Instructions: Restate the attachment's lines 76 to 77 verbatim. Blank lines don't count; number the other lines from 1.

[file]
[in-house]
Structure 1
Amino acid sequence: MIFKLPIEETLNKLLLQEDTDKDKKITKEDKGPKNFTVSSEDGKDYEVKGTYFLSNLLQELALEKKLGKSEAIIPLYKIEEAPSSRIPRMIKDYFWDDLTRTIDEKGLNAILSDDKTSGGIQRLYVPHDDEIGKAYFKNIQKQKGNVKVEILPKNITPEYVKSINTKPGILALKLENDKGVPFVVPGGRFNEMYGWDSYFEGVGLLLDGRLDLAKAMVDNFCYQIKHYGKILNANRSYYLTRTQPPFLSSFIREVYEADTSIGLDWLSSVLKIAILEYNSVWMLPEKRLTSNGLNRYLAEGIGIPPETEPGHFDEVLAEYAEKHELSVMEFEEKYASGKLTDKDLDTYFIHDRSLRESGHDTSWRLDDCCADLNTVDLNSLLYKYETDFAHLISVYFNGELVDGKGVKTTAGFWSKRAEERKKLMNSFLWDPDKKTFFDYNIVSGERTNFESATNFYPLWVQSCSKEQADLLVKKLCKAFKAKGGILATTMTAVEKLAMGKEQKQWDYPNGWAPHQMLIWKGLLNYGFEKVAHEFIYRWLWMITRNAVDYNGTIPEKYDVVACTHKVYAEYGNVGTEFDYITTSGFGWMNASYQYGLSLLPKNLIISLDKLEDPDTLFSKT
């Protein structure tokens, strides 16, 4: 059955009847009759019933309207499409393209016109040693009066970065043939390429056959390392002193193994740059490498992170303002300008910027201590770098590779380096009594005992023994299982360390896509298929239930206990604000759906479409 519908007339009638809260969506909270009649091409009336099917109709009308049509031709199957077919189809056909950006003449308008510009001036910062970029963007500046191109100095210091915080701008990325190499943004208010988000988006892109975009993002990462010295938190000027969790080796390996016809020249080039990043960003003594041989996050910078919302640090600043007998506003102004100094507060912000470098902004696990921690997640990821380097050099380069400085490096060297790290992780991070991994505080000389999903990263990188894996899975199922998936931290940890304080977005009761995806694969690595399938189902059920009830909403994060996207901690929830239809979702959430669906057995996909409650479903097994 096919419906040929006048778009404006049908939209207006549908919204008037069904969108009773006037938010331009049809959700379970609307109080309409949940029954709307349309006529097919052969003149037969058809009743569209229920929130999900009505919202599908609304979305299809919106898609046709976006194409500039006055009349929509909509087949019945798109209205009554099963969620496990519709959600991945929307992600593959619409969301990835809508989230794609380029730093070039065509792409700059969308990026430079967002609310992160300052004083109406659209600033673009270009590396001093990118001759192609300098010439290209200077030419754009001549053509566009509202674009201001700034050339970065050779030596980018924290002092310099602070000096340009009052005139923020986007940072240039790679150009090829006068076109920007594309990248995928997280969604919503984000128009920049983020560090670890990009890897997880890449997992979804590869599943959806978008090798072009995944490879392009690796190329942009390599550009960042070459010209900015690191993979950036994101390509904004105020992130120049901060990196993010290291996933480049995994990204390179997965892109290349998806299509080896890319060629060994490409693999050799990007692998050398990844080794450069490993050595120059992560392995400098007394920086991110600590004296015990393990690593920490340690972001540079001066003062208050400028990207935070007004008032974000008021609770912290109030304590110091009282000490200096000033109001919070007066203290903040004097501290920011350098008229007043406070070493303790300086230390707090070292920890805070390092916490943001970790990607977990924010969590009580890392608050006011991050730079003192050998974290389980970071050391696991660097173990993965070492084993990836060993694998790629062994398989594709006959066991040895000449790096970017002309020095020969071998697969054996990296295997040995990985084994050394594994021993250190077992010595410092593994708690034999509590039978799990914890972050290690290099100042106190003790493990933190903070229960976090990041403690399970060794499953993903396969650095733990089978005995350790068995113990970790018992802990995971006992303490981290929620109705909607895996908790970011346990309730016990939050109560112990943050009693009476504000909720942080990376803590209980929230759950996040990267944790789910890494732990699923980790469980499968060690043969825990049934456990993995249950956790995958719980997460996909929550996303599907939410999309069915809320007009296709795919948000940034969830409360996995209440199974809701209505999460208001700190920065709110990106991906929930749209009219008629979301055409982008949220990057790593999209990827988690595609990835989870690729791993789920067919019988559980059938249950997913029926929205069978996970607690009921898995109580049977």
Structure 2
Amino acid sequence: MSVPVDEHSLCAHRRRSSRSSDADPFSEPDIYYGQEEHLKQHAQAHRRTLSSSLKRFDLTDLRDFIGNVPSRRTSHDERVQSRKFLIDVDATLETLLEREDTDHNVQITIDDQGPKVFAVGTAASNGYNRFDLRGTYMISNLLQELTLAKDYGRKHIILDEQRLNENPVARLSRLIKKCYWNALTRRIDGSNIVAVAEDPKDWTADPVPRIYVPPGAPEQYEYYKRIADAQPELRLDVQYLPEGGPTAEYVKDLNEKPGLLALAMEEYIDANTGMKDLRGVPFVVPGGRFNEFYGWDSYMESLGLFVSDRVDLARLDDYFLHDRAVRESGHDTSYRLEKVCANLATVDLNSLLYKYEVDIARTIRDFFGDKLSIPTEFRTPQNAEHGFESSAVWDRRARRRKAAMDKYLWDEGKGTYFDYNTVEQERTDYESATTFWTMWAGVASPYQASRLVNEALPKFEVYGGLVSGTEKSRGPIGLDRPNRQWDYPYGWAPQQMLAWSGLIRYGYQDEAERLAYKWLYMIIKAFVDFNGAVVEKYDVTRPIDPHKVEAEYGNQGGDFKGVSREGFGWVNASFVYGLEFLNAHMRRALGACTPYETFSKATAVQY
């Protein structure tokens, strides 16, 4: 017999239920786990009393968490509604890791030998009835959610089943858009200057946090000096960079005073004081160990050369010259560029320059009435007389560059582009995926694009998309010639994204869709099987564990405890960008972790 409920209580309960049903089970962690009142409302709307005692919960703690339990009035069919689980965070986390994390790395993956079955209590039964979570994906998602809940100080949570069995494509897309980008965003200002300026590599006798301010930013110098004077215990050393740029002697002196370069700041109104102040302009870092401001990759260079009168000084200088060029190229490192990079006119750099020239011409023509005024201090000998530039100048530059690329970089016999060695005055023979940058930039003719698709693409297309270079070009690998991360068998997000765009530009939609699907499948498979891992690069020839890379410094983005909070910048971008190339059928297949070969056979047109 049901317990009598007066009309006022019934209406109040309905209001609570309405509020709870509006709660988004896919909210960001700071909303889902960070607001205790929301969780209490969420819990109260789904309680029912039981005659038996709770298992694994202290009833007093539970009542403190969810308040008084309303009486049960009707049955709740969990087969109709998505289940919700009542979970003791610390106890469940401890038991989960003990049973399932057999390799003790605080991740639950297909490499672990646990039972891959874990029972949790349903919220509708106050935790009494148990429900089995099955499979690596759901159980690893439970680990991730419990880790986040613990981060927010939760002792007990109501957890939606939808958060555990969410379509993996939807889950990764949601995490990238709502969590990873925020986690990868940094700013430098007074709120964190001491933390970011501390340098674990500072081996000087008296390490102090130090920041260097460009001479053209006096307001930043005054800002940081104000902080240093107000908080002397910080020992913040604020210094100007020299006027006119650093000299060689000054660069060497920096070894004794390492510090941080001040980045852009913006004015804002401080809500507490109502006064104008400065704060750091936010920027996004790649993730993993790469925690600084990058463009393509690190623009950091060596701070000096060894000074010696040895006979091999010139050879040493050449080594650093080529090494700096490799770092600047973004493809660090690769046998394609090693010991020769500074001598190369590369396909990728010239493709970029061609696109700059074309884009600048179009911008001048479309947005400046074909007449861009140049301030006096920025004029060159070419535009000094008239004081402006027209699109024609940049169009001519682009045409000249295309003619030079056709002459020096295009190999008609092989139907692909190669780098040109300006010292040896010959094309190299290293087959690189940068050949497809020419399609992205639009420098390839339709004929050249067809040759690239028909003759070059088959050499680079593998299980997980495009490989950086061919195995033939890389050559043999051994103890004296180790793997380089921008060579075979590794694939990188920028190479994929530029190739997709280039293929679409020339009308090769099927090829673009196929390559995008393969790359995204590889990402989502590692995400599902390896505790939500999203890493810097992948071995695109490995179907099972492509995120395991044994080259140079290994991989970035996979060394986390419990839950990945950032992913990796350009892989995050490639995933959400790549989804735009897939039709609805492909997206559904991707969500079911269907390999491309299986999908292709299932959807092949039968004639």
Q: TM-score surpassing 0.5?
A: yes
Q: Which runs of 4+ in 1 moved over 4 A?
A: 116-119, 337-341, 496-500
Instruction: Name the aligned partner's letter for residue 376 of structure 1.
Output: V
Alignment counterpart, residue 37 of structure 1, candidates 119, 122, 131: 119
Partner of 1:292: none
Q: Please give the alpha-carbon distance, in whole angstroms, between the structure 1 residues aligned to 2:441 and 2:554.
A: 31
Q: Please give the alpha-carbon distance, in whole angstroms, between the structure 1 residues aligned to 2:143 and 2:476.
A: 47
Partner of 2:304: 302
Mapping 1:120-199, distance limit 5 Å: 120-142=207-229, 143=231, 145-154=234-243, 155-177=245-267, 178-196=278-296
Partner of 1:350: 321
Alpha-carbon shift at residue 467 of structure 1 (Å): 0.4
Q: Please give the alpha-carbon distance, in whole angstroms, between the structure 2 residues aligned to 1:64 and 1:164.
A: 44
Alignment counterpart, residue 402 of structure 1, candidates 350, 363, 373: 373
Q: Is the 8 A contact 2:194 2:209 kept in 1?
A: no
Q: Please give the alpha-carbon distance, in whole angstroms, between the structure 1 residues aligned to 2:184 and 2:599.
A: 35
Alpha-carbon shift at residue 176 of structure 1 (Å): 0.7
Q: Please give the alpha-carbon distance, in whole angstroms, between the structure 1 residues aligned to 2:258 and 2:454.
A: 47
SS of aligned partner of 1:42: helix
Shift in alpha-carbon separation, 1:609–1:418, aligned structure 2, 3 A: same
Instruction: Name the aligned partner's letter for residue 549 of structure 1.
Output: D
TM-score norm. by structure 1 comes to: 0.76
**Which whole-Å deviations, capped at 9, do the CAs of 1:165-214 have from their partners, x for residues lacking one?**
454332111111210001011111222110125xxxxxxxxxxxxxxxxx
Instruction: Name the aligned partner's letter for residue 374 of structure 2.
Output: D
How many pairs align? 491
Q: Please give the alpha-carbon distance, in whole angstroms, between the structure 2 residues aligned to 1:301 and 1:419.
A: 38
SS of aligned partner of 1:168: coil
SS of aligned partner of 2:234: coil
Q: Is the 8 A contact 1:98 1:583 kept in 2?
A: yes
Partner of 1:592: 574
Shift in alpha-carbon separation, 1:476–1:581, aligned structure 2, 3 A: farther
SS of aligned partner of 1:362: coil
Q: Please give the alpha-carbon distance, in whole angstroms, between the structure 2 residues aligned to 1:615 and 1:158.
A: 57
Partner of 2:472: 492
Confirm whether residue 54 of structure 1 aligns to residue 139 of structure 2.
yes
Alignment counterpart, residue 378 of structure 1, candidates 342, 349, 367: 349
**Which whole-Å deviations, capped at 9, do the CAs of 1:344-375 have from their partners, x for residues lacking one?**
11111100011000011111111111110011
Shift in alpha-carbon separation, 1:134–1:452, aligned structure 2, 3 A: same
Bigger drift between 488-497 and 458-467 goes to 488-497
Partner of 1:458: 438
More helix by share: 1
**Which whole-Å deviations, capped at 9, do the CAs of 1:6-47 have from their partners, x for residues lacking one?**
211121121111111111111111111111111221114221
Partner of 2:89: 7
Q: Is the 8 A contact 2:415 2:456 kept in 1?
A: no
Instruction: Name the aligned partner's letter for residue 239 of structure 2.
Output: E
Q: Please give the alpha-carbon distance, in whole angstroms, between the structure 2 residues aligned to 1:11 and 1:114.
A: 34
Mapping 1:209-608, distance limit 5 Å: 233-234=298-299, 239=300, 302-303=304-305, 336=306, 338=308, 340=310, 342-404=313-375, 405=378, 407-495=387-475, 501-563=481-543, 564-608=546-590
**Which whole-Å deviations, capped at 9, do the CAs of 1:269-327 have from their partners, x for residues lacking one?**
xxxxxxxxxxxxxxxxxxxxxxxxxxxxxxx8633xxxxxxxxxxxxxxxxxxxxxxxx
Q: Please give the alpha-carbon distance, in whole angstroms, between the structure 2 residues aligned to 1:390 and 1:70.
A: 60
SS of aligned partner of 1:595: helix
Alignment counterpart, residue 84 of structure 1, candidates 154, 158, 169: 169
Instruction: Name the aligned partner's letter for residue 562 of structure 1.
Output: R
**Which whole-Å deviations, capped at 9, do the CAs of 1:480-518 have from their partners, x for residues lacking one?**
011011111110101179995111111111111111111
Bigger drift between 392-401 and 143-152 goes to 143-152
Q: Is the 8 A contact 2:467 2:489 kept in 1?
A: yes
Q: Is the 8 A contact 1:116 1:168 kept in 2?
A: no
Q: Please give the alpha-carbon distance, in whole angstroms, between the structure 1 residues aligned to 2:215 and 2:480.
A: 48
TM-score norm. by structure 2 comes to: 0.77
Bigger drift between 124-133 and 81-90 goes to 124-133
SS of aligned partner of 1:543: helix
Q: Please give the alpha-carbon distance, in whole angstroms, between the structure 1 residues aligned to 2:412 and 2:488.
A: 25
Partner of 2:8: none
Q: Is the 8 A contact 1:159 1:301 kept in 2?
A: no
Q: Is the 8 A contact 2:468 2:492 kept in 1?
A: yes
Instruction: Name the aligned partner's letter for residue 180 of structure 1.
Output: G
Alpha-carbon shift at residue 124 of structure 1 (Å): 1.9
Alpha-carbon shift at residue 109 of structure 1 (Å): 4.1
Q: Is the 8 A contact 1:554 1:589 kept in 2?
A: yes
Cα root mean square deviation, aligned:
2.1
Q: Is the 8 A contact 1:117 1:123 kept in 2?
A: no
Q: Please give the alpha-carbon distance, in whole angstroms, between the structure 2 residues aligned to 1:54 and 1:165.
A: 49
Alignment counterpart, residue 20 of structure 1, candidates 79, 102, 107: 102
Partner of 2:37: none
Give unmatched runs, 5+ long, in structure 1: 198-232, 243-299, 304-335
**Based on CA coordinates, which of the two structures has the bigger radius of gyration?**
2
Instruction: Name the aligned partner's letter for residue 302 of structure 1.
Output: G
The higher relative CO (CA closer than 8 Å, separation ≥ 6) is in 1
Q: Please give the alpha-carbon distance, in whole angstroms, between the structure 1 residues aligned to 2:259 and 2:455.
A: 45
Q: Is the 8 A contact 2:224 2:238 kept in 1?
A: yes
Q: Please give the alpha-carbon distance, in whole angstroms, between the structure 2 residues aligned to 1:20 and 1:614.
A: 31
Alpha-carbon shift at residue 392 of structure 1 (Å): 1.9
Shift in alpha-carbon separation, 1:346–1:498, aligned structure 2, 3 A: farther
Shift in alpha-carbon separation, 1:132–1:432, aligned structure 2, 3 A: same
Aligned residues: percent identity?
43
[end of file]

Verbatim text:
xxxxxxxxxxxxxxxxxxxxxxxxxxxxxxx8633xxxxxxxxxxxxxxxxxxxxxxxx
Q: Please give the alpha-carbon distance, in whole angstroms, between the structure 2 residues aligned to 1:390 and 1:70.